///Creating Rollover Effect Using CSS List Menus

Creating Rollover Effect Using CSS List Menus

Creating rollover effect using CSS list menus

Ever seen those fancy links where they change the appearance as soon as you place your mouse cursor on them. See a simple example of a rollover effect here. The CSS definition of this simple example goes like this:

<style>

body{
background-color: #FFFFFF;
font-family: Georgia, Verdana, Geneva, Arial, Helvetica, sans-serif;
}

#nav{
width: 150px;
}

#nav ul{
display: inline;
}
#nav ul li{
list-style-type: none;
line-height: 150%;
}
#nav ul li a{
color: #6495ED;
text-decoration: none;
border-bottom: #6495ED 1px dotted;
}
#nav ul li a:hover{
color: #DC143C;
text-decoration: none;
border-bottom: #DC143C 1px solid;
}

</style>

This sort of rollover simply changes the color or the look of the underline.

Now let us move on to some complex looking rollover. To see what I am talking about, have a look here. First let us view the entire CSS definition of this rollover menu and then we shall discuss what all is happening.

<style>

body{
background-color: #FFFFFF;
font-family: Georgia, Verdana, Geneva, Arial, Helvetica, sans-serif;
}
#nav{
width: 150px;
}

#nav ul{
display: inline;
}
#nav ul li{
list-style-type: none;
line-height: 150%;
border-left: #000000 8px solid;
border-top: #000000 1px solid;
border-bottom: #000000 1px solid;
border-right: #000000 1px solid;
background-color: #BDB76B;
margin-top: 5px;

}
#nav ul li a{
color: #000000;
text-decoration: none;
display: block;
padding-left: 10px;
padding-right: 10px;
}
#nav ul li a:hover{
color: #FFFFFF;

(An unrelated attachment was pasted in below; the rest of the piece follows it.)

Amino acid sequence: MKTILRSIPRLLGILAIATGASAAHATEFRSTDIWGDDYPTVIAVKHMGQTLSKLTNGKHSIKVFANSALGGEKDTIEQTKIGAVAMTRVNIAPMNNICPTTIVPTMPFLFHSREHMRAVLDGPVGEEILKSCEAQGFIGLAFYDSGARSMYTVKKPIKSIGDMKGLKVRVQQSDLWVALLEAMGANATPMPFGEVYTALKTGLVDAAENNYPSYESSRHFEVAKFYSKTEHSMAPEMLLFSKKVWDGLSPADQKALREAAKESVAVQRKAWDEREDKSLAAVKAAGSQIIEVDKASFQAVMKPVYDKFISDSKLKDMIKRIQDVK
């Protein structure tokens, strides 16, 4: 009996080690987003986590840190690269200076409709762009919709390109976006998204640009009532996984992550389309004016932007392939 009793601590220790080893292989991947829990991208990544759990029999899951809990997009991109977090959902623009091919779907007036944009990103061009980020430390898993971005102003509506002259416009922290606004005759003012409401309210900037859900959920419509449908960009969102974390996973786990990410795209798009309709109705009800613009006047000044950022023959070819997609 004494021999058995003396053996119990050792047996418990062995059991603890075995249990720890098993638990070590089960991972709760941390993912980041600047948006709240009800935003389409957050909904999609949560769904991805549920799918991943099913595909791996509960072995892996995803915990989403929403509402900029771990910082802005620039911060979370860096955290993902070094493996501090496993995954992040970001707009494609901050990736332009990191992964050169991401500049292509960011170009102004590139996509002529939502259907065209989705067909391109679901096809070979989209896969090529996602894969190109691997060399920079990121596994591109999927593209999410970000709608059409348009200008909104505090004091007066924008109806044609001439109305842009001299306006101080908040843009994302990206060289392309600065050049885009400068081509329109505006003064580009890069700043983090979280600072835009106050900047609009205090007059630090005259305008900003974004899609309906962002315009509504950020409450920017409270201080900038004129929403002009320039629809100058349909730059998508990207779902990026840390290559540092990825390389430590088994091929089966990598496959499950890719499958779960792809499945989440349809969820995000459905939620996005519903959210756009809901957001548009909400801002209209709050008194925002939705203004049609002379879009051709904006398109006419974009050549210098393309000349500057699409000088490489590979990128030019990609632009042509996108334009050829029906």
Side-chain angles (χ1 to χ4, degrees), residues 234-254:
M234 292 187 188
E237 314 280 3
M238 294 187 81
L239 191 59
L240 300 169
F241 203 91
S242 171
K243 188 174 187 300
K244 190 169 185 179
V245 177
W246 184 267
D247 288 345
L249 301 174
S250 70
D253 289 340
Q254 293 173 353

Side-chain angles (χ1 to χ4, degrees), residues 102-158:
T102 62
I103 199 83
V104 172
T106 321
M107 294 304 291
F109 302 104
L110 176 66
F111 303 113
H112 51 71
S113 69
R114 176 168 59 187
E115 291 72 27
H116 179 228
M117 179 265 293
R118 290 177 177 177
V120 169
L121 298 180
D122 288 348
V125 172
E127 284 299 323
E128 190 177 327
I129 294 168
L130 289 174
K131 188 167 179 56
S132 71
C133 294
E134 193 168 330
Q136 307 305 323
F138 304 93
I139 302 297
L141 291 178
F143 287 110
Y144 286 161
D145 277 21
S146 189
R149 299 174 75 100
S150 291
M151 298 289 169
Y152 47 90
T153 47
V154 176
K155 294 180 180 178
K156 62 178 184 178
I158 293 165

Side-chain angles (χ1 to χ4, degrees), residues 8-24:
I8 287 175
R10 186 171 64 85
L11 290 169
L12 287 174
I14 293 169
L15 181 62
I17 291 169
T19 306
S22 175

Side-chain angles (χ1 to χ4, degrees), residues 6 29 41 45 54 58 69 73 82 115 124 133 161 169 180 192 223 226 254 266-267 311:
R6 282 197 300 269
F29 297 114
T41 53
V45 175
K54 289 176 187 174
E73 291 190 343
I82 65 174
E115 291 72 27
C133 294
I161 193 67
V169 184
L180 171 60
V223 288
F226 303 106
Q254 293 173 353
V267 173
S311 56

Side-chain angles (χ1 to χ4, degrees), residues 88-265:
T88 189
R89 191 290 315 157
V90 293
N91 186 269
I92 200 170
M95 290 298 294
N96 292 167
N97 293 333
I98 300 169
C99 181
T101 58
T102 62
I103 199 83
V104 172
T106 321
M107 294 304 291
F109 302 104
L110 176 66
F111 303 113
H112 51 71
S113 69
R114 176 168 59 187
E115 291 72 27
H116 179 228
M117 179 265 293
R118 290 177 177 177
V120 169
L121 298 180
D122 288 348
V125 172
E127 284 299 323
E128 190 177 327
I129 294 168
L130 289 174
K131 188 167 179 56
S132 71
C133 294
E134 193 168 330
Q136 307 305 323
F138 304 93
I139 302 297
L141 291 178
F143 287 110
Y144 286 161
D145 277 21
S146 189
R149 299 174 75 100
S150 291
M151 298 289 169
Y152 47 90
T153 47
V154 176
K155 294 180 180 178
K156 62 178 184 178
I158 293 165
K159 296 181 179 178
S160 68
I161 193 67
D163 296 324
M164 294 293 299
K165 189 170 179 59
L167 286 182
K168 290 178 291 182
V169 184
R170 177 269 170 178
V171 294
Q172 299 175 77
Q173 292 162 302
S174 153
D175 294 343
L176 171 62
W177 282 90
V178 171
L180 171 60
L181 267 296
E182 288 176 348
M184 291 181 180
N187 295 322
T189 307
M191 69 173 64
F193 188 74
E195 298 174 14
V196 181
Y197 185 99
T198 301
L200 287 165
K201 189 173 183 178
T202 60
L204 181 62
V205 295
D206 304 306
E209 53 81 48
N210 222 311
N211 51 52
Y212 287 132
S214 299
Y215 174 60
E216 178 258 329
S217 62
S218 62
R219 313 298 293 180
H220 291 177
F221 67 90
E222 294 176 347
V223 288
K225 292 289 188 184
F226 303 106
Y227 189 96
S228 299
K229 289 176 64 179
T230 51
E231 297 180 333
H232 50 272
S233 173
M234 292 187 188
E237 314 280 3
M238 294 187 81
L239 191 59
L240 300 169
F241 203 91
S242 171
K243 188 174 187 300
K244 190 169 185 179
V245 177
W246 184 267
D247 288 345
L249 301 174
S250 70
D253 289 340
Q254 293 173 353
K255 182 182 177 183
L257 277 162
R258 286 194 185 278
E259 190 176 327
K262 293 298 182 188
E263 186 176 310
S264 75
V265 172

background-color: #4682B4;
text-decoration: none;
}

</style>

And this is how you use it:

<div id="nav">
<ul>
<li><a href="#">This is link 1</a></li>
<li><a href="#">This is link 2</a></li>
<li><a href="#">This is link 3</a></li>
<li><a href="#">This is link 4</a></li>
</ul>
</div>

While defining your CSS layout, once you define a main DIV ID, you can define all the tags that belong to that ID; for instance here we have the main DIV called #nav (let it be small for “navigation”). All the tag definitions preceded by #nav belong to this particular DIV ID. Take for instance

#nav{
width: 150px;
}

#nav ul{
display: inline;
}
#nav ul li{
list-style-type: none;
line-height: 150%;
border-left: #000000 8px solid;
border-top: #000000 1px solid;
border-bottom: #000000 1px solid;
border-right: #000000 1px solid;
background-color: #BDB76B;
margin-top: 5px;

}

As you can see, there is a DIV with an ID nav. This DIV with ID nav further contains a list tag <ul> that further contains its own tag <li>. All the features are inherited downwards. This first definition is self-explanatory. The real fun begins when we define the <li> tag. Here too, all the definitions are fairly simple. The only definition that may nened explanation is list-style-type: none, which means that while displaying the list, there is no need to display any kind of buller before that.

Then we come to the <a> tag definition. The crucial part here is:

display: block;
padding-left: 10px;
padding-right: 10px;

Again, the padding setting inserts space left and right, and display: block fills the entire bullet space upon the rollover. Without setting the display as block only the background behind the text is changed, as you can see it here, and not the complete block.

2010-05-25T23:05:34+00:00 October 18th, 2005|CSS|0 Comments

About the Author:

Amrit Hallan is a freelance web developer. You can checkout his website at http://www.bytesworth.com. For more such articles join BYTESWORTH REACHOUT at http://www.bytesworth.com/br/default.asp or if you have a web dev related question then post it at http://www.business180.com/index.php

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